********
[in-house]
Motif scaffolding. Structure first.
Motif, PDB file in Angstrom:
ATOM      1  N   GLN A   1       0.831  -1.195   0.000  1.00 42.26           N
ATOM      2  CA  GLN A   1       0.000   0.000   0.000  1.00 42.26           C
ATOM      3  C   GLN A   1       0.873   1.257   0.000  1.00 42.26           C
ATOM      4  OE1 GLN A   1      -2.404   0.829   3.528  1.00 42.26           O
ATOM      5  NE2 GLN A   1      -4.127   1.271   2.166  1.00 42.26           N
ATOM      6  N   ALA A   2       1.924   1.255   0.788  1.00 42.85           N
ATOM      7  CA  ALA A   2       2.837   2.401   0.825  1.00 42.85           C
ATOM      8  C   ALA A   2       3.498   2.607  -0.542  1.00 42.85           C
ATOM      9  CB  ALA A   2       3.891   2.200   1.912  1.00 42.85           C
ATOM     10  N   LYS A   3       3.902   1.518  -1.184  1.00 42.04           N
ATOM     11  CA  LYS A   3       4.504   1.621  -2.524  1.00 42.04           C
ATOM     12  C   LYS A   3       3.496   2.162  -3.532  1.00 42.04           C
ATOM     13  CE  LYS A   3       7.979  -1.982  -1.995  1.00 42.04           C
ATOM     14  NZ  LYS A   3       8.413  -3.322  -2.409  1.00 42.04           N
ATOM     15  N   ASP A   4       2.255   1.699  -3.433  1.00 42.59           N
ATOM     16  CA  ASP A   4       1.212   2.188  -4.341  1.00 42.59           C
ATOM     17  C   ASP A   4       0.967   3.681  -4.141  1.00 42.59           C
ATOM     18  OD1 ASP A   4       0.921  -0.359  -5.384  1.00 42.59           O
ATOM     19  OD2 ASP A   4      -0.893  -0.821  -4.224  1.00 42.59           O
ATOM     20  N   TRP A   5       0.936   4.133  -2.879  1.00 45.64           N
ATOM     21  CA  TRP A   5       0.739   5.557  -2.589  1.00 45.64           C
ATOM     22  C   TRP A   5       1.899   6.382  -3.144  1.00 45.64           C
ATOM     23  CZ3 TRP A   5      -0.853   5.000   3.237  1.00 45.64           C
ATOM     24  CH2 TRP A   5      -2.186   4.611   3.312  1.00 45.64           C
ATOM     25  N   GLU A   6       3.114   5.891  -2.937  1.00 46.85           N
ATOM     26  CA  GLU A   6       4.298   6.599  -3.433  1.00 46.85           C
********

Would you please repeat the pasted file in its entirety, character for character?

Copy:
[in-house]
Motif scaffolding. Structure first.
Motif, PDB file in Angstrom:
ATOM      1  N   GLN A   1       0.831  -1.195   0.000  1.00 42.26           N
ATOM      2  CA  GLN A   1       0.000   0.000   0.000  1.00 42.26           C
ATOM      3  C   GLN A   1       0.873   1.257   0.000  1.00 42.26           C
ATOM      4  OE1 GLN A   1      -2.404   0.829   3.528  1.00 42.26           O
ATOM      5  NE2 GLN A   1      -4.127   1.271   2.166  1.00 42.26           N
ATOM      6  N   ALA A   2       1.924   1.255   0.788  1.00 42.85           N
ATOM      7  CA  ALA A   2       2.837   2.401   0.825  1.00 42.85           C
ATOM      8  C   ALA A   2       3.498   2.607  -0.542  1.00 42.85           C
ATOM      9  CB  ALA A   2       3.891   2.200   1.912  1.00 42.85           C
ATOM     10  N   LYS A   3       3.902   1.518  -1.184  1.00 42.04           N
ATOM     11  CA  LYS A   3       4.504   1.621  -2.524  1.00 42.04           C
ATOM     12  C   LYS A   3       3.496   2.162  -3.532  1.00 42.04           C
ATOM     13  CE  LYS A   3       7.979  -1.982  -1.995  1.00 42.04           C
ATOM     14  NZ  LYS A   3       8.413  -3.322  -2.409  1.00 42.04           N
ATOM     15  N   ASP A   4       2.255   1.699  -3.433  1.00 42.59           N
ATOM     16  CA  ASP A   4       1.212   2.188  -4.341  1.00 42.59           C
ATOM     17  C   ASP A   4       0.967   3.681  -4.141  1.00 42.59           C
ATOM     18  OD1 ASP A   4       0.921  -0.359  -5.384  1.00 42.59           O
ATOM     19  OD2 ASP A   4      -0.893  -0.821  -4.224  1.00 42.59           O
ATOM     20  N   TRP A   5       0.936   4.133  -2.879  1.00 45.64           N
ATOM     21  CA  TRP A   5       0.739   5.557  -2.589  1.00 45.64           C
ATOM     22  C   TRP A   5       1.899   6.382  -3.144  1.00 45.64           C
ATOM     23  CZ3 TRP A   5      -0.853   5.000   3.237  1.00 45.64           C
ATOM     24  CH2 TRP A   5      -2.186   4.611   3.312  1.00 45.64           C
ATOM     25  N   GLU A   6       3.114   5.891  -2.937  1.00 46.85           N
ATOM     26  CA  GLU A   6       4.298   6.599  -3.433  1.00 46.85           C